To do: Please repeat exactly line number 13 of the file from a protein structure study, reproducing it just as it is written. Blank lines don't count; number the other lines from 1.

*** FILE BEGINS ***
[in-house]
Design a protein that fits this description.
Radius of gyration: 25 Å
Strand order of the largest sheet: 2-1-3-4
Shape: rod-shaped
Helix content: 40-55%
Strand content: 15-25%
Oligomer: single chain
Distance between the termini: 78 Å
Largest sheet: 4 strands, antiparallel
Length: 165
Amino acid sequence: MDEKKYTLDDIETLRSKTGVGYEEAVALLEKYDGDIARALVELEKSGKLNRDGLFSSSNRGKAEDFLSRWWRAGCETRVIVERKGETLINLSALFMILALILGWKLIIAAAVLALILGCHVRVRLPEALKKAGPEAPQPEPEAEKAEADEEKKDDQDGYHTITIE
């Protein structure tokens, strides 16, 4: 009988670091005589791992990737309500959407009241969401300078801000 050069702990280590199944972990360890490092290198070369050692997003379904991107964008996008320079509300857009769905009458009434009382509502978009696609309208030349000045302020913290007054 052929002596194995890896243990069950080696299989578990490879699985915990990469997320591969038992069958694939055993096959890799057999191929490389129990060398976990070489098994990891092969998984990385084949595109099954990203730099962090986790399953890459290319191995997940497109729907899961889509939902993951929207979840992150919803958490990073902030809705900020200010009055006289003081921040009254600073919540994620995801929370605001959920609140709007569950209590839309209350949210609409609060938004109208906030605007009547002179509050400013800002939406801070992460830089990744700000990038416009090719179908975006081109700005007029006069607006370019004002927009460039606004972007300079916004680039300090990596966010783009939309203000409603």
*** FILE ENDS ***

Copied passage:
């Protein structure tokens, strides 16, 4: 009988670091005589791992990737309500959407009241969401300078801000 050069702990280590199944972990360890490092290198070369050692997003379904991107964008996008320079509300857009769905009458009434009382509502978009696609309208030349000045302020913290007054 052929002596194995890896243990069950080696299989578990490879699985915990990469997320591969038992069958694939055993096959890799057999191929490389129990060398976990070489098994990891092969998984990385084949595109099954990203730099962090986790399953890459290319191995997940497109729907899961889509939902993951929207979840992150919803958490990073902030809705900020200010009055006289003081921040009254600073919540994620995801929370605001959920609140709007569950209590839309209350949210609409609060938004109208906030605007009547002179509050400013800002939406801070992460830089990744700000990038416009090719179908975006081109700005007029006069607006370019004002927009460039606004972007300079916004680039300090990596966010783009939309203000409603």